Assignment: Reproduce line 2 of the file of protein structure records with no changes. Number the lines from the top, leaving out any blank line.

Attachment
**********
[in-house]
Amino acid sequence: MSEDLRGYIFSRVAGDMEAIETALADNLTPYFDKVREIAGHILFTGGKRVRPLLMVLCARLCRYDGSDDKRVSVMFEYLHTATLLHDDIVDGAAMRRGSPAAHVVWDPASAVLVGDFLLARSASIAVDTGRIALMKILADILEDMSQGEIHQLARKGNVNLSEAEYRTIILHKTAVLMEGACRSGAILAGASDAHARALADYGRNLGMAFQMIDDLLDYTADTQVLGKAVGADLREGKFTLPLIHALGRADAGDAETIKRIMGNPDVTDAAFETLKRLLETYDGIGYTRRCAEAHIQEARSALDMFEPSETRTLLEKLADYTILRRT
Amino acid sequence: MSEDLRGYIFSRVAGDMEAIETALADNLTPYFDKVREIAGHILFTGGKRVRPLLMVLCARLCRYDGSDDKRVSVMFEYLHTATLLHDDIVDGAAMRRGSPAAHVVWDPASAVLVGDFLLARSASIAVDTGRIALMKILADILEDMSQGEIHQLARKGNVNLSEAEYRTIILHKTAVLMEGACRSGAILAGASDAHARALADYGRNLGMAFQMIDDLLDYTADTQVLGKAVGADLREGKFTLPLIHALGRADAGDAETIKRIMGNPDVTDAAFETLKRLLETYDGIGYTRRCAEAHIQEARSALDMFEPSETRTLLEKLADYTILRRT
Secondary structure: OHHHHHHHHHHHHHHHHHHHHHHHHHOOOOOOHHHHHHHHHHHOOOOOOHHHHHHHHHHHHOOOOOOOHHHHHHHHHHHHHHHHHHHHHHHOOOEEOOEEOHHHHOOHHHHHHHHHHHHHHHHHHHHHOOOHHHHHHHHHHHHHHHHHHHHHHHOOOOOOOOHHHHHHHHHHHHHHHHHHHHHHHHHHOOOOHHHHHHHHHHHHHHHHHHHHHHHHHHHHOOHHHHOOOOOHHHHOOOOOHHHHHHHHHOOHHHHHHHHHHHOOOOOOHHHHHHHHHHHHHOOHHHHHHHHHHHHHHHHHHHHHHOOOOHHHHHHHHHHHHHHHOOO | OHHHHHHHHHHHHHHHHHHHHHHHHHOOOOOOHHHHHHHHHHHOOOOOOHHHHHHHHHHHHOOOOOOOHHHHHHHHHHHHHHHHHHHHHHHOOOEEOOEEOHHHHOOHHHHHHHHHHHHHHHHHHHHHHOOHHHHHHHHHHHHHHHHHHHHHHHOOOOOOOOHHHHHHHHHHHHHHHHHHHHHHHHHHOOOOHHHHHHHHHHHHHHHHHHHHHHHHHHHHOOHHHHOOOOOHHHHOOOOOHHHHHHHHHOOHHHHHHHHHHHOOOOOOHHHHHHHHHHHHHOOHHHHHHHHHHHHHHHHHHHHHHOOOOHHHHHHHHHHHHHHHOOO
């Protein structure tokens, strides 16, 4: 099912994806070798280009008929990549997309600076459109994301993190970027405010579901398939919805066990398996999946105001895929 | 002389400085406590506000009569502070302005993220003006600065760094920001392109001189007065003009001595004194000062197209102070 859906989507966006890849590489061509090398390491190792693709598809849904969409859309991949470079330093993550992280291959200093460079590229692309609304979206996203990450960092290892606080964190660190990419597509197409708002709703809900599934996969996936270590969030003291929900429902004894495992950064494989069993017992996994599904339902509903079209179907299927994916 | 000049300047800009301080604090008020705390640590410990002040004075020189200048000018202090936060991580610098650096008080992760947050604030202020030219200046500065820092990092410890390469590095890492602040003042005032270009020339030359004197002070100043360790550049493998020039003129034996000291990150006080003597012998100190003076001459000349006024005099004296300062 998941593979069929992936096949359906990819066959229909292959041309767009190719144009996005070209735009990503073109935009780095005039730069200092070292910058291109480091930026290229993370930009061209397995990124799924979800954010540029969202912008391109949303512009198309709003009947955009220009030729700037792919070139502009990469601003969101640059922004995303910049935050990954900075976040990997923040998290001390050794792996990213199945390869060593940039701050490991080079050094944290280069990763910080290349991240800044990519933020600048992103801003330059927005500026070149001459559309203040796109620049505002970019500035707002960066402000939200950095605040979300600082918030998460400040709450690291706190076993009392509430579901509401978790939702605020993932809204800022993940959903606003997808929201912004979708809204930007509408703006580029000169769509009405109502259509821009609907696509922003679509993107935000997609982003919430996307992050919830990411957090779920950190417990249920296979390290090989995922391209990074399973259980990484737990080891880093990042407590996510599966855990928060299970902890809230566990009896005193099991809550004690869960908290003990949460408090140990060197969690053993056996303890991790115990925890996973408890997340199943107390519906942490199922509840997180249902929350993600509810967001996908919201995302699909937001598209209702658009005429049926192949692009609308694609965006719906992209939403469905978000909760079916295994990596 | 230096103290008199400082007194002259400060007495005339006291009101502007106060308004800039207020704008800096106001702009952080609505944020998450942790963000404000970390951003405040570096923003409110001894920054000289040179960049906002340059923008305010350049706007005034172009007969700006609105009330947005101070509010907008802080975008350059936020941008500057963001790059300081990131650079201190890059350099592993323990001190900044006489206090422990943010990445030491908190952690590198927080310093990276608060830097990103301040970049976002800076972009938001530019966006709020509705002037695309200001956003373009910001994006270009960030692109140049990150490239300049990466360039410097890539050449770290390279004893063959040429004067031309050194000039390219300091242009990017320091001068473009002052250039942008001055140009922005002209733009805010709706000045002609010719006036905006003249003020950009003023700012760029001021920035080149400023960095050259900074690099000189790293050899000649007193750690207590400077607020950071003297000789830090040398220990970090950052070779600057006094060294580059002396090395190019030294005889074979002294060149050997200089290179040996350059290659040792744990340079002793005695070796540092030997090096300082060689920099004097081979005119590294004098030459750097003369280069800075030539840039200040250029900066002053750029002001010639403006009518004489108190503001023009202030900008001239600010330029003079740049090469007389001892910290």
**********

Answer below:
Amino acid sequence: MSEDLRGYIFSRVAGDMEAIETALADNLTPYFDKVREIAGHILFTGGKRVRPLLMVLCARLCRYDGSDDKRVSVMFEYLHTATLLHDDIVDGAAMRRGSPAAHVVWDPASAVLVGDFLLARSASIAVDTGRIALMKILADILEDMSQGEIHQLARKGNVNLSEAEYRTIILHKTAVLMEGACRSGAILAGASDAHARALADYGRNLGMAFQMIDDLLDYTADTQVLGKAVGADLREGKFTLPLIHALGRADAGDAETIKRIMGNPDVTDAAFETLKRLLETYDGIGYTRRCAEAHIQEARSALDMFEPSETRTLLEKLADYTILRRT